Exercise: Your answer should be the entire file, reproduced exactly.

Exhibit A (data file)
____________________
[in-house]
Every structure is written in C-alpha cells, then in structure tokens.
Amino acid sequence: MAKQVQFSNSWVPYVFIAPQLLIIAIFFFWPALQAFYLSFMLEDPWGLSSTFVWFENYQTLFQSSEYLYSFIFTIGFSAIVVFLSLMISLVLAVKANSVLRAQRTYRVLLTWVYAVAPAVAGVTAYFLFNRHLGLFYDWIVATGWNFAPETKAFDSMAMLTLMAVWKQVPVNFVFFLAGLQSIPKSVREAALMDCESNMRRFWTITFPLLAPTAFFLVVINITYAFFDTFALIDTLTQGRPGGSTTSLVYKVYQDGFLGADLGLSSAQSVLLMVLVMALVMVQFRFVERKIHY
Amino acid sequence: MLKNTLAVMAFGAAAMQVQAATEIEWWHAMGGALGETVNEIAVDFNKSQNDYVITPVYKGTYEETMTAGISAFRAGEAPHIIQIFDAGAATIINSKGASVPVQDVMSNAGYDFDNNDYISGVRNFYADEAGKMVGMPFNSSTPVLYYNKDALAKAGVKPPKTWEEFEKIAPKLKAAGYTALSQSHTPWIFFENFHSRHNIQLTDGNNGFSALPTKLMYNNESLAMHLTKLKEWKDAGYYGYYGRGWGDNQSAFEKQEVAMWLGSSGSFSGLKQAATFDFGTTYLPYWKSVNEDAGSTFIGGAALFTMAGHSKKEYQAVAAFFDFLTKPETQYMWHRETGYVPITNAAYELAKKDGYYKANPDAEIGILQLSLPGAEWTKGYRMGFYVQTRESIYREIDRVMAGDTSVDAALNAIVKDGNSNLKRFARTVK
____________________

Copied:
[in-house]
Every structure is written in C-alpha cells, then in structure tokens.
Amino acid sequence: MAKQVQFSNSWVPYVFIAPQLLIIAIFFFWPALQAFYLSFMLEDPWGLSSTFVWFENYQTLFQSSEYLYSFIFTIGFSAIVVFLSLMISLVLAVKANSVLRAQRTYRVLLTWVYAVAPAVAGVTAYFLFNRHLGLFYDWIVATGWNFAPETKAFDSMAMLTLMAVWKQVPVNFVFFLAGLQSIPKSVREAALMDCESNMRRFWTITFPLLAPTAFFLVVINITYAFFDTFALIDTLTQGRPGGSTTSLVYKVYQDGFLGADLGLSSAQSVLLMVLVMALVMVQFRFVERKIHY
Amino acid sequence: MLKNTLAVMAFGAAAMQVQAATEIEWWHAMGGALGETVNEIAVDFNKSQNDYVITPVYKGTYEETMTAGISAFRAGEAPHIIQIFDAGAATIINSKGASVPVQDVMSNAGYDFDNNDYISGVRNFYADEAGKMVGMPFNSSTPVLYYNKDALAKAGVKPPKTWEEFEKIAPKLKAAGYTALSQSHTPWIFFENFHSRHNIQLTDGNNGFSALPTKLMYNNESLAMHLTKLKEWKDAGYYGYYGRGWGDNQSAFEKQEVAMWLGSSGSFSGLKQAATFDFGTTYLPYWKSVNEDAGSTFIGGAALFTMAGHSKKEYQAVAAFFDFLTKPETQYMWHRETGYVPITNAAYELAKKDGYYKANPDAEIGILQLSLPGAEWTKGYRMGFYVQTRESIYREIDRVMAGDTSVDAALNAIVKDGNSNLKRFARTVK